If you're hurt by a medical professional who is negligent or who misdiagnoses or fails to diagnose you, then you're in a position to file a medical malpractice lawsuit. Though you have the opportunity, you only have so much time to file your case before it will become void.
The time limit in place is known as a statute of limitations. This statute states that any lawsuit that will be filed because of an accident or injury must be done within a specified amount of time. If it's not, then that person gives up his or her right to file a claim.
Each state has a slightly different statute of limitations, and it may vary depending on your personal situation. For instance, if you are hurt and identify that injury to your doctor, the time when that injury takes place is when the statute of limitations kicks in.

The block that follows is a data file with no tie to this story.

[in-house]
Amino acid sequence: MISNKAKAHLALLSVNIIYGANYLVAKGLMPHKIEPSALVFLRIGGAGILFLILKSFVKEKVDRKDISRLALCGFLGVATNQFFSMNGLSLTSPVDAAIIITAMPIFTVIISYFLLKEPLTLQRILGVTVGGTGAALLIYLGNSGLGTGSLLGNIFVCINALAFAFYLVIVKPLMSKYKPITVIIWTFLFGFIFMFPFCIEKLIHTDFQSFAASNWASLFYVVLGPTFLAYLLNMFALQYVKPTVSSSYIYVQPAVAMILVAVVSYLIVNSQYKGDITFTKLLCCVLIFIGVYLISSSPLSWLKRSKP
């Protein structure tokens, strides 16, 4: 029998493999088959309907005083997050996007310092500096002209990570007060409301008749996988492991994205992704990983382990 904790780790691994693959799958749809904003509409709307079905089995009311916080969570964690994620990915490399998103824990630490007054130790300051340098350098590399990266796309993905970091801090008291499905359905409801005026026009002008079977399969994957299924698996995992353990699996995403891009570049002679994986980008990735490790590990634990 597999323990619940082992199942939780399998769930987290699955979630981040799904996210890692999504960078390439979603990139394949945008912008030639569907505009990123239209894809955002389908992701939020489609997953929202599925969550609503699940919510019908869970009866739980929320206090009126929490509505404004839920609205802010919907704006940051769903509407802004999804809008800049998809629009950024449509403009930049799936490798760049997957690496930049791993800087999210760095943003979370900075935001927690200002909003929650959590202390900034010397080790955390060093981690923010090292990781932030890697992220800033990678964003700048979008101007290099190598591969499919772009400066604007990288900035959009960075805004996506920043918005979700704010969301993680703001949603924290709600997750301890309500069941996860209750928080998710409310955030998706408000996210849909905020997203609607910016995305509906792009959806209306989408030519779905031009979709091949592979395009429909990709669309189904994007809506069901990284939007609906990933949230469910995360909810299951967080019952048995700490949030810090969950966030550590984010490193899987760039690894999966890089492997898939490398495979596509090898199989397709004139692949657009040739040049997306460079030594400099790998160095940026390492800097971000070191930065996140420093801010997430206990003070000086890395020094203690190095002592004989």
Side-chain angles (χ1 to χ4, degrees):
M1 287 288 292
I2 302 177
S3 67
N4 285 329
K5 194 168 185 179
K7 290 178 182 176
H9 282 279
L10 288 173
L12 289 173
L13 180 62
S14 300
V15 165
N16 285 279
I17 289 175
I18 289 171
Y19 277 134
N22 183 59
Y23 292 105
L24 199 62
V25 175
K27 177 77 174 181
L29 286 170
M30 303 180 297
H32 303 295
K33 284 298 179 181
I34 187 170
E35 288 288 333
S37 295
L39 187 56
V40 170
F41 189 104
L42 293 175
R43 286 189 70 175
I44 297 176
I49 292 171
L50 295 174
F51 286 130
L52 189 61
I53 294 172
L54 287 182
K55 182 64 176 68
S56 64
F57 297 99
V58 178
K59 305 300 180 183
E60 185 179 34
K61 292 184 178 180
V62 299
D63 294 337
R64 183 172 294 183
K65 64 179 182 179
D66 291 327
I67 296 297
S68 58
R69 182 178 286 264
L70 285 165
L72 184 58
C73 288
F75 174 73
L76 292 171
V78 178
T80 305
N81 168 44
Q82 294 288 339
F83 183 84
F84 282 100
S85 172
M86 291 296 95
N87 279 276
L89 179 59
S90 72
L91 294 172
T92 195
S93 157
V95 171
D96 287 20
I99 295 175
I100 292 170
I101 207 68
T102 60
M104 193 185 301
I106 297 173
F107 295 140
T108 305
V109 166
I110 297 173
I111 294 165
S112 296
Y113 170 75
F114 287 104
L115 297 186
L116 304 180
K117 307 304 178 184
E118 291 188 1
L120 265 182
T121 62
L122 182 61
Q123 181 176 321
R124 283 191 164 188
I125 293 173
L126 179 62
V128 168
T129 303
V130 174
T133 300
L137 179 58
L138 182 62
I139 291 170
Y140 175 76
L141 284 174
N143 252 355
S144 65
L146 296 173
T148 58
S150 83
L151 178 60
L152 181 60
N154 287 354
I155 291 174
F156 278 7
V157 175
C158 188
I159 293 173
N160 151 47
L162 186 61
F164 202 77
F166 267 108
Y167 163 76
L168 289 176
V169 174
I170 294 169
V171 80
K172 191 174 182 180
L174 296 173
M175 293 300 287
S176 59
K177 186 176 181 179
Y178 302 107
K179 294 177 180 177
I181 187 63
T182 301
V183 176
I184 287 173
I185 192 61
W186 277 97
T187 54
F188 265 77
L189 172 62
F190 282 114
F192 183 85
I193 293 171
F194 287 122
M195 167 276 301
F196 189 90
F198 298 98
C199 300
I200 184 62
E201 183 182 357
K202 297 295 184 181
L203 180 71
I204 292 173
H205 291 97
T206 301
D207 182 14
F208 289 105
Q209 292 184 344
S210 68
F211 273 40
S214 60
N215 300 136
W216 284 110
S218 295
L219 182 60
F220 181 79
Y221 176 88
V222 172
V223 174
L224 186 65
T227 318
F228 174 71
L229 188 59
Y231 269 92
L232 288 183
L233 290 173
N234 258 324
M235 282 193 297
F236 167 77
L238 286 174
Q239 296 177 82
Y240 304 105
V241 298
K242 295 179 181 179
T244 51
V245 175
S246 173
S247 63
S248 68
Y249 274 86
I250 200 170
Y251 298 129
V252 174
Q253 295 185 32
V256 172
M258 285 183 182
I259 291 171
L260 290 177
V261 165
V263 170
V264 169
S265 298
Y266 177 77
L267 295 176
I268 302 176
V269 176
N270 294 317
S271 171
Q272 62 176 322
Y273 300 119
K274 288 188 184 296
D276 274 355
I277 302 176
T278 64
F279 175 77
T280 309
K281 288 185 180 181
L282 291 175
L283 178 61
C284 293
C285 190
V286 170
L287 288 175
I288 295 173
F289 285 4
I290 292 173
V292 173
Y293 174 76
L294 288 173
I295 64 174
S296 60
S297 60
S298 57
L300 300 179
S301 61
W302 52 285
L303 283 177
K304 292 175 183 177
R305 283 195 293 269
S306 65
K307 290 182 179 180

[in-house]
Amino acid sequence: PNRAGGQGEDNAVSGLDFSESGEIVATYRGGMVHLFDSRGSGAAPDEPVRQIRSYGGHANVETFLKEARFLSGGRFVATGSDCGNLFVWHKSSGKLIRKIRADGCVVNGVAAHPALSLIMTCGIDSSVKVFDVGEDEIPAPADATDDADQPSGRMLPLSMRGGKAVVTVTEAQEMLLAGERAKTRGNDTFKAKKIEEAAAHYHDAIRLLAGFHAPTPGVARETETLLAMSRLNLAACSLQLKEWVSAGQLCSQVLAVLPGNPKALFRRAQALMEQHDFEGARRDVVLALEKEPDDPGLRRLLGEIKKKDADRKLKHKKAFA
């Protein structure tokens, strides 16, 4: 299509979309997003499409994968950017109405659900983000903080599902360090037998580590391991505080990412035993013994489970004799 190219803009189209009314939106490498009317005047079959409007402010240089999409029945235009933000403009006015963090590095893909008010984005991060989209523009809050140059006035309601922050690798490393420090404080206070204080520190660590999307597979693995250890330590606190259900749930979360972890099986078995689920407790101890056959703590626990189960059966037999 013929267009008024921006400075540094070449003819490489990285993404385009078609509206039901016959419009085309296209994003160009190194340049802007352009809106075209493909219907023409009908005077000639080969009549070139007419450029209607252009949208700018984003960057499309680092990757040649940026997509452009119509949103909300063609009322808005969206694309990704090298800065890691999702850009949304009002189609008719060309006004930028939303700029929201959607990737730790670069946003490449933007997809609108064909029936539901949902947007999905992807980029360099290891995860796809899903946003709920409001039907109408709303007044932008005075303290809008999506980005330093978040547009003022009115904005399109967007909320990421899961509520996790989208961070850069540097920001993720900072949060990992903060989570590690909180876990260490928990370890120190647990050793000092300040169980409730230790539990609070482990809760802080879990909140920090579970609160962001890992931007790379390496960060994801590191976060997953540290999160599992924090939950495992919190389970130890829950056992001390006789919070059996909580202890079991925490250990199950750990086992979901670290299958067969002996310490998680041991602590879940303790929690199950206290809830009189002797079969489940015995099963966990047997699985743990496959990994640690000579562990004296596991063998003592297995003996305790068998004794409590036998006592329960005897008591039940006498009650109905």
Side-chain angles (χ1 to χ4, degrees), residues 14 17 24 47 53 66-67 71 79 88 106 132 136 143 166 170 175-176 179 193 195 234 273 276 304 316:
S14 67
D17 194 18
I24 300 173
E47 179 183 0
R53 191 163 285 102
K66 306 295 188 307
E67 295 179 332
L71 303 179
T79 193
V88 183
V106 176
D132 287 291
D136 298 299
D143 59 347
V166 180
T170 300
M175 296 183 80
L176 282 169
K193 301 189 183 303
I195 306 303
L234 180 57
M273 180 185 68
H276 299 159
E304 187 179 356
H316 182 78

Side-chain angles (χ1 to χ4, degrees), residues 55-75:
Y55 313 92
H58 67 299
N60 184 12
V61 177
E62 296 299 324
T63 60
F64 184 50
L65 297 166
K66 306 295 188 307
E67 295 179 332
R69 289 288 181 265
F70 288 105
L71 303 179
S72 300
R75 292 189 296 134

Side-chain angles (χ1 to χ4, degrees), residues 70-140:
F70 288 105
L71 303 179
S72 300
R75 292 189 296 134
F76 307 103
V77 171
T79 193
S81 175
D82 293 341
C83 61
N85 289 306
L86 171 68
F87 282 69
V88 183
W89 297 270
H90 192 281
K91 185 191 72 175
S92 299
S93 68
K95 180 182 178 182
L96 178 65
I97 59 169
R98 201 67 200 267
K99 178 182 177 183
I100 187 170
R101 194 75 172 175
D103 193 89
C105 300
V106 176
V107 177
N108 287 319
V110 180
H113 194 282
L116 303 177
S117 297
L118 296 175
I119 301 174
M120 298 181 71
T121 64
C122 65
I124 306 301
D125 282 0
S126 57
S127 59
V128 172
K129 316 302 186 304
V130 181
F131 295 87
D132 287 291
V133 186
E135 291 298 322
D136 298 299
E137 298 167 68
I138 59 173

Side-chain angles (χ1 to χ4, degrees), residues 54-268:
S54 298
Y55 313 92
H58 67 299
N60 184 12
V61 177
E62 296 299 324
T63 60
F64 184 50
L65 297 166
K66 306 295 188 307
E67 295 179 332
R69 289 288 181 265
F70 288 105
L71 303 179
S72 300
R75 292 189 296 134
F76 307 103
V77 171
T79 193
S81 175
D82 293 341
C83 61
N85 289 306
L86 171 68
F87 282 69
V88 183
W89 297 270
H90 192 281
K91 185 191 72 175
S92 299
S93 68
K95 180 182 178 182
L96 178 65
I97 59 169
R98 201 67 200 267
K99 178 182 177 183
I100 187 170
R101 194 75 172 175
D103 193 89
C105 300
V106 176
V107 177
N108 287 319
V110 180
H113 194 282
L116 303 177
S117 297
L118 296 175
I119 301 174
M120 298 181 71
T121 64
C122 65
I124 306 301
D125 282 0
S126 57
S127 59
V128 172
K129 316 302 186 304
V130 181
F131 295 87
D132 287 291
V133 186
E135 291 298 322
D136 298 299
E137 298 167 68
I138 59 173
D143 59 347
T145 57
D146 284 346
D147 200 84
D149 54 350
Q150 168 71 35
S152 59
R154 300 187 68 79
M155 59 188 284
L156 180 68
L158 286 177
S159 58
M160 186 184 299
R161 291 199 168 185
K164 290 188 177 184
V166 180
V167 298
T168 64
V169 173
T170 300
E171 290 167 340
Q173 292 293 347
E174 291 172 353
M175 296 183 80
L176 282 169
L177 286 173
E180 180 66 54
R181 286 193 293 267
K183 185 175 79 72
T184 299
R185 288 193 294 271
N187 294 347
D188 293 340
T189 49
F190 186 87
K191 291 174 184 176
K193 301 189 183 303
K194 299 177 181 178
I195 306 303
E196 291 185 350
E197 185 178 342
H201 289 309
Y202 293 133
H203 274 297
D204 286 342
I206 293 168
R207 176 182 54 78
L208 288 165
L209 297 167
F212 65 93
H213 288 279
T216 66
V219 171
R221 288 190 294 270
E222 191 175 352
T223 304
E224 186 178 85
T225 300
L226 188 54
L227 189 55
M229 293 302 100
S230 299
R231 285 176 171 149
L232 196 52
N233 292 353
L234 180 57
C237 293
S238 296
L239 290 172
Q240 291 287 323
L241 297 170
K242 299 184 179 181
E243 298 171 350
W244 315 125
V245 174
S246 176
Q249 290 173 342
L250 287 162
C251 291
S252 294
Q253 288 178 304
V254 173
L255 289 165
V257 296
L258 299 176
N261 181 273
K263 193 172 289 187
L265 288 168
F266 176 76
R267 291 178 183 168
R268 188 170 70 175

However, if your injury is silent and you don't know about it for many months after it took place, then your statute of limitations may begin when you finally understand the cause of symptoms and recognize that you were injured. In that case, it would be unfair to start your time period from the date of injury, because you didn't know it had occurred.
As soon as you're injured or know that you've suffered an injury, it's important to speak with your attorney and start the process for your claim. Waiting too long can mean that you lose your right to file a claim or get compensated for the injuries you're suffering now and potentially for those you'll suffer in the future.
Source: FindLaw, "Time Limits to Bring a Case: The "Statute of Limitations"," accessed June 09, 2016